Dominic Bourke is a teacher, poet, builder and musician. Now based in Beijing with his wife, Celeste, and two children Luella and Raphael, he reflects upon the Strathewen Juke Joint – a retreat he built himself using reclaimed materials following the devastation of the Black Saturday fires.
Dominic Bourke (aka Dom de Plume) is a teacher, poet, builder and musician. Now based in Beijing with his wife, Celeste, and two children Luella and Raphael, here he tells us about the Strathewen Juke Joint he has (temporarily) left behind – a retreat he built himself using reclaimed materials following the devastation of the Black Saturday fires. Photographer (and Dom’s brother-in-law) James Geer paid a visit just before the family departed for China.
“In 2004 Celeste and I stumbled upon a Girl Guides’ camp that was for sale in the hidden hamlet of Strathewen, an hour’s drive from Melbourne. It was in an idyllic little valley nestled into the Kinglake National Park. There was a creek, a 1960s shack, a ropes course and a large sheltered BBQ area. It was our dream to raise little bush kids, with dirty hands and feet, who watched kangaroos and woke to the song of lyrebirds. We built our family home in a clearing and began to raise our two children, Luella and Raphael, growing a sense of belonging to our new community and to the bush landscape. I began a career as a high school teacher and spent much of my spare time tinkering in the BBQ shelter, transforming it into a studio where I could make stuff – furniture, sculptures, paintings and music (I am a member of the hermit country band Wayfaring Strangers).
In 2009 Black Saturday turned our lives inside out. A heavy sadness descended on our traumatised community. Many friends had died in the fire and we huddled together as a community to protect and nurture those who had lost loved ones. Unlike most people in Strathewen, our house survived, but my studio was destroyed. My sense of belonging was lost, it was hard to believe that Strathewen could ever be home again.
Slowly the idea of rebuilding the studio emerged, somewhat like the plants that were emerging from the ashen landscape. I needed to take my time, the build was to be slow and meditative, a space to deal with my anger and frustrations, a time to heal the wounds of Black Saturday. Firstly I milled timber from the burnt Blackwood and Pine trees, using a portable Lucas Mill. It was beauty from destruction – big thick planks of wood with twirling grains and deep rich fiddleback. I would clad the interior with the Pine and use the Blackwood for furnishings.
To build the frame I bought a truckload of timber from the demolition of the Barwon Heads bridge. I grew up in Geelong and I have fond memories of jumping off this bridge as a teen, along with a few drunken kisses underneath it. The bridge timbers were massive pieces of Ironbark, heavy and hard as iron. I needed help so I called upon my oldest mate, Bern Chandley, a fine furniture maker and a handy carpenter. It took some Egyptian-inspired techniques to raise the beams but our efforts were rewarded. The beams are my favourite feature of the studio – some still have the tar of the road while the large posts have been gnarled by the salty water that lapped against them beneath the Barwon Heads bridge.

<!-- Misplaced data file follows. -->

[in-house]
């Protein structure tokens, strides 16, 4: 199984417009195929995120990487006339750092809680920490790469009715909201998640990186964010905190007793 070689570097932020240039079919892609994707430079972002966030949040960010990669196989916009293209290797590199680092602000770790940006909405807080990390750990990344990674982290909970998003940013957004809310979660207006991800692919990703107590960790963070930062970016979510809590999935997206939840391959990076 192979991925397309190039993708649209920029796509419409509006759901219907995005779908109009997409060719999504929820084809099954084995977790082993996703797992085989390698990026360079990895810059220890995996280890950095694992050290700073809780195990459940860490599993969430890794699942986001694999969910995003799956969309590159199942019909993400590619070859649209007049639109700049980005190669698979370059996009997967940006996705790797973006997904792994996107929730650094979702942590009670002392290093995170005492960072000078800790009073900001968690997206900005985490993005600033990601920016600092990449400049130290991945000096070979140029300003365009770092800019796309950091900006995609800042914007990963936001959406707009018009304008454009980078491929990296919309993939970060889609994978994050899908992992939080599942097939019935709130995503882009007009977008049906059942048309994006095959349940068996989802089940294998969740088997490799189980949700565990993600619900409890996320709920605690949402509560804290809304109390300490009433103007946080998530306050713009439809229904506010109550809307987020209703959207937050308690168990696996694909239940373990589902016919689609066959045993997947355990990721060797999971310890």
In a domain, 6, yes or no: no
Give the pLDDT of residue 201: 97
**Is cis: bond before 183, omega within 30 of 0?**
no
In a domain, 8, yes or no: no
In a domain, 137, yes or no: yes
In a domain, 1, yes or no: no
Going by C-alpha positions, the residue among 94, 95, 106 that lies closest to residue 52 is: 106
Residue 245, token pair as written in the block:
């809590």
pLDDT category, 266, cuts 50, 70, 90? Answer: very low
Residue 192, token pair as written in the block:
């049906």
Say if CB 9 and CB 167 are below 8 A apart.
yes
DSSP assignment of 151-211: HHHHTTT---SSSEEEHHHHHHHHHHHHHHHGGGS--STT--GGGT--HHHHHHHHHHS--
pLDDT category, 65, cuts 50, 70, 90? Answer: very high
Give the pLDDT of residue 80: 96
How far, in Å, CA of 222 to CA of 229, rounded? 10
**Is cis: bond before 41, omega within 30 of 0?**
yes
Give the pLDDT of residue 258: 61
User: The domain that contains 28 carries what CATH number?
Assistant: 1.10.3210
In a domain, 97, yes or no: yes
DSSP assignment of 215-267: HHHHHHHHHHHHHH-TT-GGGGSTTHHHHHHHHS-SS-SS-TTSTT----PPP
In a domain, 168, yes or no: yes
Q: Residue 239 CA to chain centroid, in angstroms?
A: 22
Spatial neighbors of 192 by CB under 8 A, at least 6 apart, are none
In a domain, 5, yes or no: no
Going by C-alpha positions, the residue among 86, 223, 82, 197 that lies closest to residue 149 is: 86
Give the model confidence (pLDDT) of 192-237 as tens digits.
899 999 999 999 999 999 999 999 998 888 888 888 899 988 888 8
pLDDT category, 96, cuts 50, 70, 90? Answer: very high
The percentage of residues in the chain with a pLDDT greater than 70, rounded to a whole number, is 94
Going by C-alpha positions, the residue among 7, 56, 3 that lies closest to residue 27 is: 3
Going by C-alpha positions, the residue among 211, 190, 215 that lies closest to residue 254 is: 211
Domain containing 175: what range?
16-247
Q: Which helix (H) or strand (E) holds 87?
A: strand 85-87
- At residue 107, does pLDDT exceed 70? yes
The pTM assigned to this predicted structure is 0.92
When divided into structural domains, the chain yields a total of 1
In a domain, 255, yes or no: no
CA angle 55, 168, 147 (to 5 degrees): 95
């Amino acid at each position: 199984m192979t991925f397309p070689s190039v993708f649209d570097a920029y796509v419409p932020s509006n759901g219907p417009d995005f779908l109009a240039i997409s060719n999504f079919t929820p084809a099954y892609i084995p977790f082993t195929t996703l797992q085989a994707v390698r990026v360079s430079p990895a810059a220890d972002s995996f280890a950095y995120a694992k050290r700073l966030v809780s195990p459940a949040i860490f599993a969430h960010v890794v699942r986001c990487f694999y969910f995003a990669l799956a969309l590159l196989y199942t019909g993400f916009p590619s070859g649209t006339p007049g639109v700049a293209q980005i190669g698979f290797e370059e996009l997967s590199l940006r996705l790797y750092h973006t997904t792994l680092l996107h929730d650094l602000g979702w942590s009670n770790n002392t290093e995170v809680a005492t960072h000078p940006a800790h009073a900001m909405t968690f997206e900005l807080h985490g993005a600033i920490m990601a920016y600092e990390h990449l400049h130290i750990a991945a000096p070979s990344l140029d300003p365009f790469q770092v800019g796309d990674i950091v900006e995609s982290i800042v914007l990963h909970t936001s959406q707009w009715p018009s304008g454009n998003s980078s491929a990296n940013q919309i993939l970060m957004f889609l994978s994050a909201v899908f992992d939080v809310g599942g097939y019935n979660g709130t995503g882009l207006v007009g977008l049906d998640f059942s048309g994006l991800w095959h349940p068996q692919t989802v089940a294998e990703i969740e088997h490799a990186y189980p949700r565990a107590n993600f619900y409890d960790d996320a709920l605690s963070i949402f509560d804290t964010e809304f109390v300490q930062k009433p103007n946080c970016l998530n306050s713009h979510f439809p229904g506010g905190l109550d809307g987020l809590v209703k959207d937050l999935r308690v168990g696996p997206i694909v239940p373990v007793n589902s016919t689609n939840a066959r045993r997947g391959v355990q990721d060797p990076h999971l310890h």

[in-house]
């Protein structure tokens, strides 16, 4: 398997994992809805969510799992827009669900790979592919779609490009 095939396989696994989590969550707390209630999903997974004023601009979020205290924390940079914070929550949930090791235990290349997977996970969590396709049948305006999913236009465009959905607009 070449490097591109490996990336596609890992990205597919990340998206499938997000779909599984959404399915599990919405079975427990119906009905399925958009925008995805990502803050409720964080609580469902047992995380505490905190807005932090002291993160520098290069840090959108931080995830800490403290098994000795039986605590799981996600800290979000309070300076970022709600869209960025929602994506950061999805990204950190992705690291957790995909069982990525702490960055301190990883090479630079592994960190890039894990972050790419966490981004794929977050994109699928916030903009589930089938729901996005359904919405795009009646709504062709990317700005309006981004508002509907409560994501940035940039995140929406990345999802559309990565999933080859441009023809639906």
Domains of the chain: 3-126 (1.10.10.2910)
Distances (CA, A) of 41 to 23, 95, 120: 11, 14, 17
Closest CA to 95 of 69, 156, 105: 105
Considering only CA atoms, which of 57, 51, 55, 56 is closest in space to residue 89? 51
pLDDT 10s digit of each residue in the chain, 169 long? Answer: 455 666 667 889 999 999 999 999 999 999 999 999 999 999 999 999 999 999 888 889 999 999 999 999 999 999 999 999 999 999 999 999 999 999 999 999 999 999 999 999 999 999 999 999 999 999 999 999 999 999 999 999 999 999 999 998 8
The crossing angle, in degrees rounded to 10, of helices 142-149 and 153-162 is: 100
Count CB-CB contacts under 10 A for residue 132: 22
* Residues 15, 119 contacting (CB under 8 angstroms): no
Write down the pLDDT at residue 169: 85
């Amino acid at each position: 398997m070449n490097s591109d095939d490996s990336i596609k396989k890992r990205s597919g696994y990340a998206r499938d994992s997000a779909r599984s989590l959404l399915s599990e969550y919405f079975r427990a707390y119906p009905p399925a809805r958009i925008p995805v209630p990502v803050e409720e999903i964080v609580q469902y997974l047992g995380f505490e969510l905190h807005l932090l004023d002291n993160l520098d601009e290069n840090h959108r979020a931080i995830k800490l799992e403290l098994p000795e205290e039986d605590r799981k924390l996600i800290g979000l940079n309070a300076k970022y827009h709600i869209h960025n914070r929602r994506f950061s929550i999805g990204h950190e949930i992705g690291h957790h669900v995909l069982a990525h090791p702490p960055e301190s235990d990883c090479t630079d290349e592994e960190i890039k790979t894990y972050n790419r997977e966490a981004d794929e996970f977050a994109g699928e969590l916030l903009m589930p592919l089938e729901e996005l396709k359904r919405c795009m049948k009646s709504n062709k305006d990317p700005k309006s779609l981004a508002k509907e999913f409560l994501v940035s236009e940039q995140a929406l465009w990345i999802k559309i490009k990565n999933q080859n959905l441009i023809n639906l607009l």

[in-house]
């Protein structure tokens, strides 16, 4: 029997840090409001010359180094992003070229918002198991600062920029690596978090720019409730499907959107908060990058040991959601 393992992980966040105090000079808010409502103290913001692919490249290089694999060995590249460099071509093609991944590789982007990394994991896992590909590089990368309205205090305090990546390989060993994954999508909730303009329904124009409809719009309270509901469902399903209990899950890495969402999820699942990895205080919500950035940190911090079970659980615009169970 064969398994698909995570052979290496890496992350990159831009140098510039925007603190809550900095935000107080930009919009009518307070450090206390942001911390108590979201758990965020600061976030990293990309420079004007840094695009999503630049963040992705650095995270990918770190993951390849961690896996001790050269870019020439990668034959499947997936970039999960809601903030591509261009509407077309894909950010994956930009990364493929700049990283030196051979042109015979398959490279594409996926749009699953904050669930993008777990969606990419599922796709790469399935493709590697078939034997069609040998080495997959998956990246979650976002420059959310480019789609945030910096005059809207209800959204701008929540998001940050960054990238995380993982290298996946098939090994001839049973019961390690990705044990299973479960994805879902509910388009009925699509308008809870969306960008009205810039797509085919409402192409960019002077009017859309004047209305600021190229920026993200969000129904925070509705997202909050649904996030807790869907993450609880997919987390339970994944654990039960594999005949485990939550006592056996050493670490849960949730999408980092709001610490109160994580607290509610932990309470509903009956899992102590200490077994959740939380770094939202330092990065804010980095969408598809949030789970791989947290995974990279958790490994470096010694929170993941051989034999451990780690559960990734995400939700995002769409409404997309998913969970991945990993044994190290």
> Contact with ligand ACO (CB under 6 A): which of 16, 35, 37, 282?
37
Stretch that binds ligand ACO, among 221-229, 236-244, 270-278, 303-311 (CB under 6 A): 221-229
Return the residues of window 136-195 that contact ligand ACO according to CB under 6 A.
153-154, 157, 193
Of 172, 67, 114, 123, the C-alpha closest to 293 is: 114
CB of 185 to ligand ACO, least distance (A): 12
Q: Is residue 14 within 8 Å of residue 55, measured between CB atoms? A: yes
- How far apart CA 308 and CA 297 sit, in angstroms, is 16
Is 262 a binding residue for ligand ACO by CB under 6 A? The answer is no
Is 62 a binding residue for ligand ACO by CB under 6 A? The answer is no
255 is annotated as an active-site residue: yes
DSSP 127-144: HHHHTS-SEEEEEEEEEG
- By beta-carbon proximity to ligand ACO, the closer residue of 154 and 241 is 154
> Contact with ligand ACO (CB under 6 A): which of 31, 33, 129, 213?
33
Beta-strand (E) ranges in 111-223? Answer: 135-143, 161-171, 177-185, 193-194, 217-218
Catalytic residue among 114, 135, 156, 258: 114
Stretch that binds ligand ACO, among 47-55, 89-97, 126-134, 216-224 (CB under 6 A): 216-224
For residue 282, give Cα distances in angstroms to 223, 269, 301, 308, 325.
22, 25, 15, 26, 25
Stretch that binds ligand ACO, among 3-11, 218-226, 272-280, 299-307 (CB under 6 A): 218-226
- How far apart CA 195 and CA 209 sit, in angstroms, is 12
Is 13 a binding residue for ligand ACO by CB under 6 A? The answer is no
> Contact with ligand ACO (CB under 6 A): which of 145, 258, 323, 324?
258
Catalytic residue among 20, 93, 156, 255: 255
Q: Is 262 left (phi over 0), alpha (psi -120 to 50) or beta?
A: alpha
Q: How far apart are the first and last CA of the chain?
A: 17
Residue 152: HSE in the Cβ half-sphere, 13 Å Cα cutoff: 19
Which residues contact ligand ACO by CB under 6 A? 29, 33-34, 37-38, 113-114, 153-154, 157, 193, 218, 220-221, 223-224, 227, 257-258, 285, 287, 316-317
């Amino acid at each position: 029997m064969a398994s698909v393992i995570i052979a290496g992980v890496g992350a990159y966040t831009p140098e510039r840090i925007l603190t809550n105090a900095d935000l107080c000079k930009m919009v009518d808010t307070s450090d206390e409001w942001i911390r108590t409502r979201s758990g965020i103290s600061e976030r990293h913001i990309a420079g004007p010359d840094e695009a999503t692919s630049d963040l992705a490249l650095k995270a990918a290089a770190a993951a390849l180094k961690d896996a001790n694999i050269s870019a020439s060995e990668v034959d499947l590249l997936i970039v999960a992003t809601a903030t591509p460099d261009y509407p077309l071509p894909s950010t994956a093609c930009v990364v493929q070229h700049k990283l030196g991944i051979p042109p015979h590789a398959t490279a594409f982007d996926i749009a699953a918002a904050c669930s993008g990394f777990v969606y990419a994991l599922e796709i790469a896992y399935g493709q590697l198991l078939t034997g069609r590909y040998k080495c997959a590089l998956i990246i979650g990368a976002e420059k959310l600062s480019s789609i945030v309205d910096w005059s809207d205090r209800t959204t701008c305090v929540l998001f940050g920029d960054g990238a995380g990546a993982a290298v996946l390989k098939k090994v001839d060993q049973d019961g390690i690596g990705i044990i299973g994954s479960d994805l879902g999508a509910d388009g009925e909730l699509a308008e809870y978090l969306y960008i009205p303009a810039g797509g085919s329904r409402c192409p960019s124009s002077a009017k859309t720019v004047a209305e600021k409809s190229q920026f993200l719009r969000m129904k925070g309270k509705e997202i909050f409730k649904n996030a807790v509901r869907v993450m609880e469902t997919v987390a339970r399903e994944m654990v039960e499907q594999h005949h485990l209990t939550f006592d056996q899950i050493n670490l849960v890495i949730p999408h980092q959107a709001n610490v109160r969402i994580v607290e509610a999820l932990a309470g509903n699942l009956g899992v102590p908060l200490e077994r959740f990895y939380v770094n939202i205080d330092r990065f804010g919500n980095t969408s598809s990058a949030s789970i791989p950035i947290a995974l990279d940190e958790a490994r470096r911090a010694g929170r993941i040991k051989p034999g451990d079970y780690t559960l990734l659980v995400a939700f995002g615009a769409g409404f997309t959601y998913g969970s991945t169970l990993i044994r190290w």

To clad the exterior of the studio I needed something cheap and fireproof. A bloke in Strathewen had a pile of scrap corrugated iron – perfect. This is when the idea formed of the studio being a Juke Joint. Just like in the Mississippi Delta, I was building a tin shed in the middle of nowhere; a place where somebody from Fat Possum Records could play some dirty, rolling blues, somebody like Junior Kimbrough or R.L. Burnside. A Juke Joint was to be the logic of the interior design, with a central whiskey bar made of Blackwood. To be honest, the vision of a Juke Joint may remain a fantasy – my valley is very isolated and most people get terribly lost when they try to visit. But in spirit it is a Juke Joint that I have built.
My son and daughter love to spend time with me in the Juke Joint. Raphael’s been building a World War 1 bunker outside the studio. He has dug a trench and has covered it with scrap timber and tin. Meanwhile, Luella sits elegantly at the easel painting on small canvases.
There is a mezzanine level where I have a desk wedged within a dormer window. This is my favourite space. The view takes in the distant rolling hills of my valley with the ridge line of burnt-bare trees poking into the ever changing sky. I lose time sitting at this desk and it’s a sweet, relaxing loss.
Strangely I am now far away from my Juke Joint desk. Beijing, China is my home for 2014. I accepted a job to teach Humanities at an International School in the heart of one of the biggest (and most polluted) cities in the world. Just like the Juke Joint I never do things the easy way. My little family needed a new chapter in our lives so that our story wasn’t dominated by the sadness of Black Saturday. Our China adventure has exposed us to a way of life beyond our imagining, both inspiring and challenging. It has also helped me define a sense of home that is beyond a physical structure. There was a time when I thought I had lost my home, after Black Saturday, when the burnt landscape made me feel like a stranger in a strange land. Life in China and Strathewen has made me realise my family is where I belong; my home is my family.”
All photos by the exceptionally skilled James Geer. Many thanks to Dom for his time and candour.